A reflection on the election: some thoughts on where we go from here.
In the weeks leading up to the November election, I couldn't stop looking at the polls. CNN and other sites featured a "poll of polls" that collected the major national polls and averaged them. On top of that, I began monitoring individual state polls on various political blogs. Perhaps I was a tad obsessive, but it was either that or constantly monitoring the fluctuations of the stock market--and my stomach wasn't up for that.
I was up late on election night. I watched John McCain's gracious concession speech and then hung on to hear what President-Elect Barack Obama would have to say. The next day at the AU office, I noticed I wasn't the only one looking a little bleary eyed.
Now it's down to the hard work. I'll leave stabilizing the stock market, creating jobs and managing the economy to the experts. My focus is elsewhere.
I've been traveling since the election, meeting with AU leaders, chapter officials and local activists. One week after the election, we convened a meeting in Washington for members of AU's National Advisory Council and other activists. Then I went to New York City to meet with some of our supporters.
The same question seems to be on everyone's lips: "What happens now?"
I can't speak for our president elect, but I have my own thoughts on that. Last month, I joined religious leaders who are interested in responding to the Religious Right in a teleconference for bloggers and reporters. I was charged with the task of outlining a vision for separation of church and state in the post-George W. Bush era. Let me share with you what I came up with:
* Reform the "faith-based" initiative: Sure, I'd like to see this initiative abolished, but Obama has already said that won't be happening. Ill-considered executive orders created many problems. Better ones could fix it. Let's end religious discrimination with taxpayer money and stop proselytizing on the taxpayer's dime. End the politicization of the office and cease using it as a slush fund to reward religious groups that back the administration. Obama has said he will do these things. I urge him to follow through.
* Stop evangelism in the military: The men and women who serve with honor in our armed forces deserve a full measure of religious freedom. It's time to sever the tie between fundamentalist Christianity and the military. As I told participants during the conference call, "Let's have no more 'Team Jesus' banners in the locker room of military academies and no more humiliation of cadets who don't want to attend religious services." A new commander-in-chief and the Department of Defense should do this promptly by regulatory changes.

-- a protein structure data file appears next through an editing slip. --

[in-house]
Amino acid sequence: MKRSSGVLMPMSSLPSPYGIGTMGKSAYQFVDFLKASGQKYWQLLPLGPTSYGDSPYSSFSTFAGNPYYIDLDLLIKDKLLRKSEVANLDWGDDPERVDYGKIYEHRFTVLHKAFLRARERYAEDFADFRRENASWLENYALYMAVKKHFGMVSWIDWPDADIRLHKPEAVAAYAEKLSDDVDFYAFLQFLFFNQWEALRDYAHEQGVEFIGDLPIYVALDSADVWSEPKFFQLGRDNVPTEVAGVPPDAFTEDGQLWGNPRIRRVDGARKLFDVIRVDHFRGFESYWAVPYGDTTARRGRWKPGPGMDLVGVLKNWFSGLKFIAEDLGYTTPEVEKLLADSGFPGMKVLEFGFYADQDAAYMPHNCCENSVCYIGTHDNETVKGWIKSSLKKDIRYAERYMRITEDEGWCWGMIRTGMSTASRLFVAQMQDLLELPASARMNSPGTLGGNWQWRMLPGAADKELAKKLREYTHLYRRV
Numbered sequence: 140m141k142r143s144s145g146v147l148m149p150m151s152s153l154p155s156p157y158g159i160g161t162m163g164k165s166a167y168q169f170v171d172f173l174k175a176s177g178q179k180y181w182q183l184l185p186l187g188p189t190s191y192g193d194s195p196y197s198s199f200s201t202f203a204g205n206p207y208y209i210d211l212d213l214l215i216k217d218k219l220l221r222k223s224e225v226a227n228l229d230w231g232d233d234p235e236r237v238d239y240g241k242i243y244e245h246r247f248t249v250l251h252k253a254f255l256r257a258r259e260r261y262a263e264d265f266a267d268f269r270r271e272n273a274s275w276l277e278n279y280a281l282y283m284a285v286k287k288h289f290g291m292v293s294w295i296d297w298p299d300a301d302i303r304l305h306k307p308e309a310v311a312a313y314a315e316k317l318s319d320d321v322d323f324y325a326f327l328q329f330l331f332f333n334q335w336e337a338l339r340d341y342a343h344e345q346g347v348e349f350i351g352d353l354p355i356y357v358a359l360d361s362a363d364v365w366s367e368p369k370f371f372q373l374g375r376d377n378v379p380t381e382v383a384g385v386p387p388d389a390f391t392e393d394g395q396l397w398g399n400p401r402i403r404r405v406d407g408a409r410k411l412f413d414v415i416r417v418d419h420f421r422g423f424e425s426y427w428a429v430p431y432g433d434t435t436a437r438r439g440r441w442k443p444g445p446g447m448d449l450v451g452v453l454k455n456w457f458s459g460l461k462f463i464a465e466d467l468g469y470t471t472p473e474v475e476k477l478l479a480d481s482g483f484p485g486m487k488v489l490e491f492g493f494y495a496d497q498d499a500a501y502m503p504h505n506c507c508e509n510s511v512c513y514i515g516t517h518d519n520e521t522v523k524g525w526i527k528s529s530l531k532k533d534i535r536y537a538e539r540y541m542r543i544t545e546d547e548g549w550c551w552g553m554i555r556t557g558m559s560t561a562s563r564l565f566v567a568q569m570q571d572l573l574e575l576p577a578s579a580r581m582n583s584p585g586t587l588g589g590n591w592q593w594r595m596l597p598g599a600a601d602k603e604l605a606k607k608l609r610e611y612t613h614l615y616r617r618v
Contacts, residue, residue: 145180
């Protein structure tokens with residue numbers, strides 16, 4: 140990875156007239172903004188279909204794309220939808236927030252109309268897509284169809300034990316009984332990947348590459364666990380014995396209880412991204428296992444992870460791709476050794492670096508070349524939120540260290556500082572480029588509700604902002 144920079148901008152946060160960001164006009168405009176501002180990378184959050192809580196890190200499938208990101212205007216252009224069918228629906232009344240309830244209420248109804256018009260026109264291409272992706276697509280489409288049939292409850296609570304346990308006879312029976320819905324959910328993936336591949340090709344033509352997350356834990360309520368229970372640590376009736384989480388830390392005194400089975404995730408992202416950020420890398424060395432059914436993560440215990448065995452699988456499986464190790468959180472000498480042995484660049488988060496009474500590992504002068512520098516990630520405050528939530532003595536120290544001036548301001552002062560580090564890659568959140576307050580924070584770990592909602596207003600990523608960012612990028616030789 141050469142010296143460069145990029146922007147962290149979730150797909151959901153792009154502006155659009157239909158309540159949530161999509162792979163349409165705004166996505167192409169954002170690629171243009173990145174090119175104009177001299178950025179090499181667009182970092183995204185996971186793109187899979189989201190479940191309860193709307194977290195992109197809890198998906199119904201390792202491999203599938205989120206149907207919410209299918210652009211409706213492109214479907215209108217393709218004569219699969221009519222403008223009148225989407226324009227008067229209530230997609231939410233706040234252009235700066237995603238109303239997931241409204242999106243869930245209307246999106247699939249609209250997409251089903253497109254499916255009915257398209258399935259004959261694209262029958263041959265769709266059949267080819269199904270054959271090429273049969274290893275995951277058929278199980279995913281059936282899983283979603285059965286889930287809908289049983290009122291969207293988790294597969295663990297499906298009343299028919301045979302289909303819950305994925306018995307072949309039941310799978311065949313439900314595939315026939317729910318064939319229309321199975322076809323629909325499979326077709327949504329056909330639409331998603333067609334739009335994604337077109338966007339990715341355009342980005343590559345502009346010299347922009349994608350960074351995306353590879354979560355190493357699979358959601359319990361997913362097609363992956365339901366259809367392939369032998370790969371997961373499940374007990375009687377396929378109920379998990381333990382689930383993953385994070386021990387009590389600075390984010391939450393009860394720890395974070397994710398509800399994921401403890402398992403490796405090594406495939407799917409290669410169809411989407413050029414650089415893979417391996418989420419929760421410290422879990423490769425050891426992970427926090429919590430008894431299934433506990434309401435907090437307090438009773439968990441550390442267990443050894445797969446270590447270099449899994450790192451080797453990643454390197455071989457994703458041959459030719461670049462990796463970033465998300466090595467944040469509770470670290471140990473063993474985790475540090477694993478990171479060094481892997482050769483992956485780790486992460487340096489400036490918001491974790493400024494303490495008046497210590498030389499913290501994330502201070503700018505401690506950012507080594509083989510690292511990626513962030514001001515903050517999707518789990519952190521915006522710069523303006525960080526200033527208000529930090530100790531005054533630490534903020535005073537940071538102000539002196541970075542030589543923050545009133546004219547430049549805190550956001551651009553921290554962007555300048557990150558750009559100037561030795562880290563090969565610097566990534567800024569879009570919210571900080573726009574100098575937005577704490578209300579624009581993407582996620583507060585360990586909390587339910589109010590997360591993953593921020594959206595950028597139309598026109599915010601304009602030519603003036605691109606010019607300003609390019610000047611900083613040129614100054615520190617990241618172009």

* Base public policy on science, not theology: Religious groups should not have a veto over issues like stem-cell research, sex education for young people and the teaching of human origins in public school science classes. Objective research, empirical data and the consensus of the scientific community should guide us in these areas.
* Appoint federal judges who respect, not denigrate, our Constitution: Perhaps no issue is more important than this. The New York Times recently wrote about the huge number of judges appointed by Bush and their crabbed interpretation of our core freedoms. It is time for a change.
I have been in Washington long enough not to fall into the trap of believing that any one political figure, party or movement can act as a savior. As I told reporters, "There certainly has been a sea change in Washington politics in the past few weeks, but the sea has not parted."
Politics is all about the art of compromise and consensus. While I am hopeful for meaningful change, I am aware that the work AU does will go on no matter who is occupying the White House or which party is in power.
I also know the strength of our opposition. While I strongly disagree with the views of people like James Dobson, Tony Perkins, Pat Robertson and others, I am careful not to underestimate them.
In the recent election, they won all three state referenda on same-sex marriage. In the bluer-than-blue state of California, Religious Right organizations and their allies came in at the last minute, raised a lot of money, organized certain churches and ran an aggressive (if misleading) ad campaign. They defied the polls and put the ban over the top. The "culture wars," it seems, aren't over yet.
I cast my first presidential ballot in the 1972 election (Richard Nixon vs. George McGovern--now that was a race!). Obviously not every candidate or cause I have backed has been victorious. I celebrate our democracy anyway.
But I celebrate our constitutional system even more. It places core rights and liberties beyond the reach of any majority vote. I treasure it, but I don't take it for granted. It requires a vigorous defense--every day. That's what the staff of Americans United and I will be doing this year, next year and the ones after that.
I'm counting on you to stand with us.
Barry W. Lynn is executive director of Americans United for Separation of Church and State.
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|Author:||Lynn, Barry W.|
|Publication:||Church & State|
|Date:||Dec 1, 2008|
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